Right Turn: Churchill, Marx (Groucho!) and appealing to a scientist’s vanity

It’s a new year and my email inbox is brimming with invitations addressed to “Dr.” Stacey Johnson to be a speaker at a scientific conference, be on a scientific editorial board, submit an article based on my research – you get the idea. So what, you say? You also get these invitations? Congratulations. My point isn’t to brag. I am questioning why these conference organizers and journals are so desperate they will invite anyone without…

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Right Turn: A top 10 list for 2018 blogs

It’s the time of year when media either look forward, with predictions, or backwards to highlight what resonated with readers. (In 2016, I provided a list of my top five favourite posts, not yours, in case you’d like to check it out.) Since you are a quiet bunch in terms of leaving comments, this list of top blogs is a reflection of what you were reading, but also sharing and liking on social media (as…

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Right Turn: Changing people’s lives, one stem cell “Christmas tree” at a time

I’m on vacation and hope you are too! But catching up on one’s sleep and spending time with family is no excuse for putting learning on hold. If you like “sciart,” then these award-winning images should enhance your festive mood. Catarina Moura, University of Southampton, produced these laser-based stem cell beauties. You can read the full story and learn about her research here. Happy Holidays!  

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Right Turn: Science explains Santa – with a Dash(er) of RM

Ain’t science grand? It gave us antibiotics and penicillin, the law of universal gravitation, the theory of special relativity and the Big Bang, and it even explains why east coast NFL teams do poorly in night games (hint: it’s due to circadian rhythms). Just in time for Christmas, I bring you scientists explaining “the magic” of Santa Claus! Don’t “bah, humbug” me or get your tinsel in a tangle. Steve Pointing and Allan Blackman, at…

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Right Turn: This is one gift you’ll always remember

“At any given time, close to 1,000 Canadian patients arewaiting for a stem cell transplant,” says Dr. Dana Devine, Chief Medical andScientific Officer of the CanadianBlood Services. That is despite the fact Canadian Blood Services belongs to an international network of registries that has access to 25 million donors. People making donations is not really the problem. It is more an issue of finding an appropriate “match,” which is complicated. Blogger Sara Nolte explains why…

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Right Turn: Goodbye NCE, hello New Frontiers in Research Fund

Big news was announced yesterday in Canada’s research community. The Government of Canada’s Networks of Centres of Excellence (NCE) program is being retired on the cusp of its 30th anniversary and absorbed by the New Frontiers in Research Fund. CCRM is one of 36 networks and centres currently funded by the NCE to “mobilize Canada’s best research, development and entrepreneurial talent, and focus it on specific issues and strategic areas.” CCRM, a Centre of Excellence…

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Right Turn: Improv and barnacle genitalia – not your average science policy conference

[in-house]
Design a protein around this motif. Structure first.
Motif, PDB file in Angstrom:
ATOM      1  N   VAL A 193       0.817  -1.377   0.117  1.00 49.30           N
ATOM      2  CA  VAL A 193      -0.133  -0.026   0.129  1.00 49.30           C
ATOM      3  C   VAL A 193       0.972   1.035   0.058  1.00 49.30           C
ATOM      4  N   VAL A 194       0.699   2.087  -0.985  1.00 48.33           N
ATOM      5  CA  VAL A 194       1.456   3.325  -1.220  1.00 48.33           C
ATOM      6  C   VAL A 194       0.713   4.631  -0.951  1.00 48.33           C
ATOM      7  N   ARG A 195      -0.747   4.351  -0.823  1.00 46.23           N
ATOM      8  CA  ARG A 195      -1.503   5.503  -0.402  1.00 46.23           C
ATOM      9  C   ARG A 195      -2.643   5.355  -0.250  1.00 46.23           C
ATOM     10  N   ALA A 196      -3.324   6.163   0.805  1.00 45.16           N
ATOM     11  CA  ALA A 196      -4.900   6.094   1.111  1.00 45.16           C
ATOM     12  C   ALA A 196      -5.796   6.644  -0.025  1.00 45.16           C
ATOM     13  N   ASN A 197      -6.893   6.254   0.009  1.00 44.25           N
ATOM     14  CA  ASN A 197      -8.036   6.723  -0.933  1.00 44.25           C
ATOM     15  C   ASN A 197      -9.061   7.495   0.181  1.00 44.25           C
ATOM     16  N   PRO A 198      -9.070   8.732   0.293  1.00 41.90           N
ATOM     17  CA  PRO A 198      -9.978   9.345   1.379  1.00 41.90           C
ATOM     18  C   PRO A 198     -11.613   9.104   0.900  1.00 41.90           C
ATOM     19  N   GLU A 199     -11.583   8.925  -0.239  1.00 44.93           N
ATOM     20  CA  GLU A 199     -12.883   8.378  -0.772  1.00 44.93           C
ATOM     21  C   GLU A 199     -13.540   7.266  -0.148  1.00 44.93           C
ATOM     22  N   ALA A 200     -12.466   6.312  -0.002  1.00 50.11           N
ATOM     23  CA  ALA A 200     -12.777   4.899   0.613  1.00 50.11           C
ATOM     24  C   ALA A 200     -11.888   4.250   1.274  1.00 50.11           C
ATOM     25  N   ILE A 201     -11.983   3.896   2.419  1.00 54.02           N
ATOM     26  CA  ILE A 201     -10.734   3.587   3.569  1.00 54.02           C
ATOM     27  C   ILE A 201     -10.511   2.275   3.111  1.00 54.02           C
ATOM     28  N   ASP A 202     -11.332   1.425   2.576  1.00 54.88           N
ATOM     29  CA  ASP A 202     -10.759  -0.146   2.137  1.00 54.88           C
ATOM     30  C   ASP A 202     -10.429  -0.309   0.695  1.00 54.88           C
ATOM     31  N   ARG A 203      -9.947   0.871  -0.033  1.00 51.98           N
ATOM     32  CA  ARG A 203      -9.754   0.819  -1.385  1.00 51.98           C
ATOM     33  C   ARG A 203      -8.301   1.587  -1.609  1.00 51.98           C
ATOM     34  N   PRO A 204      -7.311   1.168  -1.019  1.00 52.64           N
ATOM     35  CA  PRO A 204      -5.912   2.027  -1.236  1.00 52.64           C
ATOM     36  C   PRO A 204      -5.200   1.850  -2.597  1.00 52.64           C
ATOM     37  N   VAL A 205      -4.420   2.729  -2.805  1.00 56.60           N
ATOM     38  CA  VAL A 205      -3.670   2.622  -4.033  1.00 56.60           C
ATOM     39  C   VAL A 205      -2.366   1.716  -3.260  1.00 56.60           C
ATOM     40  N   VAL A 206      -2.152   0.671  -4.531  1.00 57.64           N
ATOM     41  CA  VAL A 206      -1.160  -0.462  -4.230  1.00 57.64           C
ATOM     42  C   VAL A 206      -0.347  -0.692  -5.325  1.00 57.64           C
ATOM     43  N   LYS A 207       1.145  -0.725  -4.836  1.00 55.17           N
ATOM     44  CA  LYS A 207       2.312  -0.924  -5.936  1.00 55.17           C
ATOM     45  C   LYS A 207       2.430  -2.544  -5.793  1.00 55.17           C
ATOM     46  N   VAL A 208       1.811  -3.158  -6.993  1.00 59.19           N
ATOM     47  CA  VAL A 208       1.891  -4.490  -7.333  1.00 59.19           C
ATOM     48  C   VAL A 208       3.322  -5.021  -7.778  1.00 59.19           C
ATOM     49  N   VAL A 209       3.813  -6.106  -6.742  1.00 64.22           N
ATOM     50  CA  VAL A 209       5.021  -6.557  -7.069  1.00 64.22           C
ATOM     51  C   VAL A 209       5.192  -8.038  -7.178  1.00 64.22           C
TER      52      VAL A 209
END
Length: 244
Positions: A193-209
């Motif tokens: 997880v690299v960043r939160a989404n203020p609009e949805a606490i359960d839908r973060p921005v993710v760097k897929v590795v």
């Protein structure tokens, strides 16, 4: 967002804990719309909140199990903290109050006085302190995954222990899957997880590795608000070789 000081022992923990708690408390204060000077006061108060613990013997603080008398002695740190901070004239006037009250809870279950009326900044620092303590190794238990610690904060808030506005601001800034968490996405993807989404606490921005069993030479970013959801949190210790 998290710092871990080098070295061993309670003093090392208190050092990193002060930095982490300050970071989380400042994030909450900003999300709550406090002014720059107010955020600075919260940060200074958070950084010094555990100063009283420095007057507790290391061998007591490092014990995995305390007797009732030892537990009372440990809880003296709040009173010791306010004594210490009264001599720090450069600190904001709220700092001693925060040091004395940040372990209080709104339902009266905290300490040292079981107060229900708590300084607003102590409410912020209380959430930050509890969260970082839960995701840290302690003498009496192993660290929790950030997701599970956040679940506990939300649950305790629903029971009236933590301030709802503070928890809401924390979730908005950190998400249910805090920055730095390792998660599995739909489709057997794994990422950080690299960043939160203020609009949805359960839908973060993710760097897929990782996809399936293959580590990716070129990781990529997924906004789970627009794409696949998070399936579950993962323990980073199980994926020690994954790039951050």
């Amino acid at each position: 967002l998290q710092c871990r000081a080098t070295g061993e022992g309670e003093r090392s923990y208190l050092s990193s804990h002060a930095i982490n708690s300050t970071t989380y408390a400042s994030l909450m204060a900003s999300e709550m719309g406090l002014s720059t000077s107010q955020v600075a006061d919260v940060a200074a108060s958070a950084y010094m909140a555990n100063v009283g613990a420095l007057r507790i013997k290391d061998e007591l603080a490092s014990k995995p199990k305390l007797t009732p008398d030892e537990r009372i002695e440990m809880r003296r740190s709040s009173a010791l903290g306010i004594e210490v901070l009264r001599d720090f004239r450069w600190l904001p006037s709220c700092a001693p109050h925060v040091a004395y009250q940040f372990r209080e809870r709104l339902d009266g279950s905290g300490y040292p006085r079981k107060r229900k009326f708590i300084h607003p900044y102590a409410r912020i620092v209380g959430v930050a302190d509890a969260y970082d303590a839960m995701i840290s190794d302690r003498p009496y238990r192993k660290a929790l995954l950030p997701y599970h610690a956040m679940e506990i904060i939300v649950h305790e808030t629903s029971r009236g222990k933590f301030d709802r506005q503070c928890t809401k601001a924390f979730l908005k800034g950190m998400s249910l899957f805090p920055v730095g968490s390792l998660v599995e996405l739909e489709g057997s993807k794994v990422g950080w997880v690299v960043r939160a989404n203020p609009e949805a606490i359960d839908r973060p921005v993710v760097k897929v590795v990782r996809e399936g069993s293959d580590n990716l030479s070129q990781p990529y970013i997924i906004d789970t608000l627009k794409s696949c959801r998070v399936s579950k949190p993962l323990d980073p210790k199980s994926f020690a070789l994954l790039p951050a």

“Every day of our lives, we are surrounded by the fruits of scientific discovery.” So writes Carrie Wolinetz, Associate Director for Science Policy, National Institutes of Health. In her Why Science Policy Matters blog, she provides several examples of tools we have, knowledge we’ve gained and advancements society has made as a result of scientific research and also science policy. Dr. Wolinetz refers to science policy as supporting “lifesaving research” and since we can’t have…

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Warming up to better public relations for scientists

Canada is home to some of the world’s top stem cell scientists: we’ve led the discoveries of stem cells in the brain, retina, blood, skin and several types of cancer stem cells, and continue to push science’s understanding of these promising cells each year. But there’s a dark side associated with all the hope surrounding stem cells as the treatment for so many diseases and conditions. Many private companies continue to co-opt these scientific discoveries…

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Bioprinting tissues of the future with Dr. Stephanie Willerth

Stephanie Willerth presenting at the Till and McCulloch Meetings 2018 This year, the annual Till & McCulloch Meetings ended with a plenary session on the “next generation of regenerative medicine” to keep attendees thinking forward as they headed back home. While all of them were incredibly exciting, I was particularly struck by the futuristic techniques presented by Dr. Stephanie Willerth, who showed fantastic images and videos of her lab’s work 3D printing brain cells. Beyond…

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Tackling the talent gap in the cell and gene therapy industry

Mitchel Sivilotti, Chief Operations Officer at CCRM, leading a training session Michael May is President and CEO of CCRM. Peter Zandstra is the Chief Scientific Officer at CCRM and the Founding Director of UBC’s School of Biomedical Engineering. Zandstra and May co-founded CCRM, which launched in June 2011. This article also appears in Biotechnology Focus.  For those of us who have been following and working in the cell and gene therapy (CGT) field for a significant…

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